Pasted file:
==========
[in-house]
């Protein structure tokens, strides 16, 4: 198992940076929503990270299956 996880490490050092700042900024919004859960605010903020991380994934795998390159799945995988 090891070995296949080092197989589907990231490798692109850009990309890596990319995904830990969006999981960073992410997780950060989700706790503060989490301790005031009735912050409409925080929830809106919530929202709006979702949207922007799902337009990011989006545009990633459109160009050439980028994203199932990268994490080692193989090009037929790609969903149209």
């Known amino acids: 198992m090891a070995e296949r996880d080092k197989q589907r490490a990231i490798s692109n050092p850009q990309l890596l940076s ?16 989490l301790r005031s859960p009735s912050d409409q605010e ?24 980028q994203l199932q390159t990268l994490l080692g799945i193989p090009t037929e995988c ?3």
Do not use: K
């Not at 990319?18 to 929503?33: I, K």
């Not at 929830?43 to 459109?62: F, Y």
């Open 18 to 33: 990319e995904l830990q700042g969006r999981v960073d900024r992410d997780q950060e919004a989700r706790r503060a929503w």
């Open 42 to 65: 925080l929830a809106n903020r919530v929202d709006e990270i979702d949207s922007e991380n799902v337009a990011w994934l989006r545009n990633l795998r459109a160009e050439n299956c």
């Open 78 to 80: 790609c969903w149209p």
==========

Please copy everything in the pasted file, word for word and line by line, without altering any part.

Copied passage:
[in-house]
């Protein structure tokens, strides 16, 4: 198992940076929503990270299956 996880490490050092700042900024919004859960605010903020991380994934795998390159799945995988 090891070995296949080092197989589907990231490798692109850009990309890596990319995904830990969006999981960073992410997780950060989700706790503060989490301790005031009735912050409409925080929830809106919530929202709006979702949207922007799902337009990011989006545009990633459109160009050439980028994203199932990268994490080692193989090009037929790609969903149209």
């Known amino acids: 198992m090891a070995e296949r996880d080092k197989q589907r490490a990231i490798s692109n050092p850009q990309l890596l940076s ?16 989490l301790r005031s859960p009735s912050d409409q605010e ?24 980028q994203l199932q390159t990268l994490l080692g799945i193989p090009t037929e995988c ?3």
Do not use: K
């Not at 990319?18 to 929503?33: I, K």
């Not at 929830?43 to 459109?62: F, Y």
């Open 18 to 33: 990319e995904l830990q700042g969006r999981v960073d900024r992410d997780q950060e919004a989700r706790r503060a929503w």
């Open 42 to 65: 925080l929830a809106n903020r919530v929202d709006e990270i979702d949207s922007e991380n799902v337009a990011w994934l989006r545009n990633l795998r459109a160009e050439n299956c």
């Open 78 to 80: 790609c969903w149209p």